A guide to Danish school life!
Mid-August 2019, Odense International School, where I used to teach, opened its doors for students to return after the summer holidays. Approximately 150 previously enrolled students and 35 newly enrolled students - of the latter, many new to Denmark.
The following week, the second week of the academic year, most of the school’s students and staff went with the school’s Danish department to Sletten, an outdoor scout camp in Jutland, for a four-day residential trip.
The school administration and teachers had been preparing this event for months; a huge logistic accomplishment. The older students slept in tents, mobile phones were not allowed and there were lots of fun activities enabling students from both sections of the school to mix across year groups. We climbed (read walked) up one of Denmark’s highest points, Himmelbjerget (The Sky Mountain which with its 147 meters is not really a mountain!), and we had a day of sporting games. Furthermore, each class had time to do activities on their own in the surrounding area. All in all, a week of fun enabling students and staff to come closer together.
Enjoying time with my own class, a bunch of lovely second graders from the Danish section, who had all known me and each other for the past two years, I found myself wondering what it must have been like for international newcomers and their parents to be going respectively sending their children on such trip. Being new to the school and not knowing any of the teachers or the other students, perhaps even being new to Denmark and not knowing much, if anything, about Danish school culture, I imagined, it must have been daunting.
My own experience of sending children to school in a foreign country!
I recall sending my three young children to local schools in England without them understanding a word of English. We had discussed the possibility of them attending the Norwegian school in Wimbledon on the outskirts of London where they would have been able to make themselves understood from day one, but eventually agreed that we wanted our children to have local schooling for them to master the English language. It was important to us not to limit their ability to communicate outside of school gates.
For me, it took a lot of courage as well as faith in the teachers’ ability to deal with matters and in myself to have made the right decision to have moved my children out of their familiar school environment. I found it particularly anxiety inducing that one of my children suffered from severe food allergies and risked developing anaphylaxis without being able to tell teachers that they needed to administer an EpiPen and call for an ambulance immediately, should symptoms develop.
Thankfully, we were met with empathy, understanding, warmth, and an ongoing willingness to stretch far to make our children feel welcome and included in school life. The first six months were tough, and I was often asked to come into school helping to sort out issues with my children; but gradually, as my children began to master the language, things eased.
What does the law say about schooling in Denmark?
Funded by taxes, education in Denmark is mandatory for children aged 6 up to sitting the exams offered by Folkeskolen (the Danish state school), the latest by the 31st of July in the calendar year your child turns 17. There is no legal requirement for you to send your child to school as long as you fulfil your parental responsibility of ensuring your child is educated in line with the law about primary and secondary schooling, the so-called Folkeskoleloven.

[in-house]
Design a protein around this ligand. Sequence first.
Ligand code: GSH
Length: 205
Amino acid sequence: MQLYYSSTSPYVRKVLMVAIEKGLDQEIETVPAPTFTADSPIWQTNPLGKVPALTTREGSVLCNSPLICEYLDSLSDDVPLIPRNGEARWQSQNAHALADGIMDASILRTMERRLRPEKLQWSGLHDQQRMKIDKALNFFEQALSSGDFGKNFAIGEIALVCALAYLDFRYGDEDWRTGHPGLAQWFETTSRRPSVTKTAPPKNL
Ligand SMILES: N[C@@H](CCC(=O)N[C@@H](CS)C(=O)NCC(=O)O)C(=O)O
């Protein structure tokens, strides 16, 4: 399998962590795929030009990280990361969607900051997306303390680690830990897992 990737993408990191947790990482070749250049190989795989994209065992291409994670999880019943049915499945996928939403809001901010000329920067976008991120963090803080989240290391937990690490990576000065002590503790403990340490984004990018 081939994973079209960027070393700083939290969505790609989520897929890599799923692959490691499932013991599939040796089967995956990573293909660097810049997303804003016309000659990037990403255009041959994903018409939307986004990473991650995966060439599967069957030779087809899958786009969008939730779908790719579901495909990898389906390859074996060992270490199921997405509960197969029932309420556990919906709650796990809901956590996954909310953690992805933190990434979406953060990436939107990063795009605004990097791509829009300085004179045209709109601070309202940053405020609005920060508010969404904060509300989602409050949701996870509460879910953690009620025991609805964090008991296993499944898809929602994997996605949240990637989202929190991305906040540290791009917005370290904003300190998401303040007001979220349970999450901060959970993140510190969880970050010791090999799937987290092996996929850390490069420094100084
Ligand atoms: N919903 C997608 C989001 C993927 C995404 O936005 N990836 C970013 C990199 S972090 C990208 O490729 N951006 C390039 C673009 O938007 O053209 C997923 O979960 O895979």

This states that it is your parental responsibility to make sure your child is as prepared to enrol into upper-secondary education as well as live in a society like the Danish with freedom and democracy as children who have attended Folkeskolen. It is vital to understand that currently, the Danish Ministry of Education has made an entrance test to all Danish high schools mandatory for all students who have not passed the FSA (the final exam after year 9 in the Danish system) in Danish.
As internationals, you are faced with several choices of schooling to accomplish the above: home schooling, the local Danish state school funded by tax money, or a private fee charging school - some of which are Danish, some international. Regardless of your choice, it is essential to understand how the Danish school system works and may be different to that which you and your child are used to.
What is Danish school culture like?
After almost a decade of schooling in England, some of the things my own children noticed when re-entering Danish schools were the lack of locked gates to protect students from leaving school grounds; calling their teachers by their first name rather than Mrs or Mr So and So; the higher noise levels as well as the higher levels of student independence when problem solving; and lastly, the extended group work.
Even if you choose an international school working from a foreign system like Cambridge Assessment International Education, it is inevitable that Danish school culture will influence the way things are run. Resting on principles like freedom and responsibility, the Danish school system concerns itself with three aspects of a student’s life and wellbeing:
It is a shared responsibility between the student, their parents and the chosen school to meet the criteria of the purpose and goals for a child’s schooling in Denmark.
To some, the Danish system may appear less rule bound and even slightly more chaotic than other school cultures; and it takes time to realise that the system relies on lots of unwritten rules about mutual respect, trust, and independence. All elements that are said to be contributing to Danes scoring high in happiness surveys.
Adding to that, testing is not as prominent a factor in Denmark as it is in many other school cultures. If you, like my children, come from a more rule bound and seemingly more academic schooling, it takes time to adjust and appreciate that social and emotional wellbeing are just as important factors for learning as are academic ability and skills practise.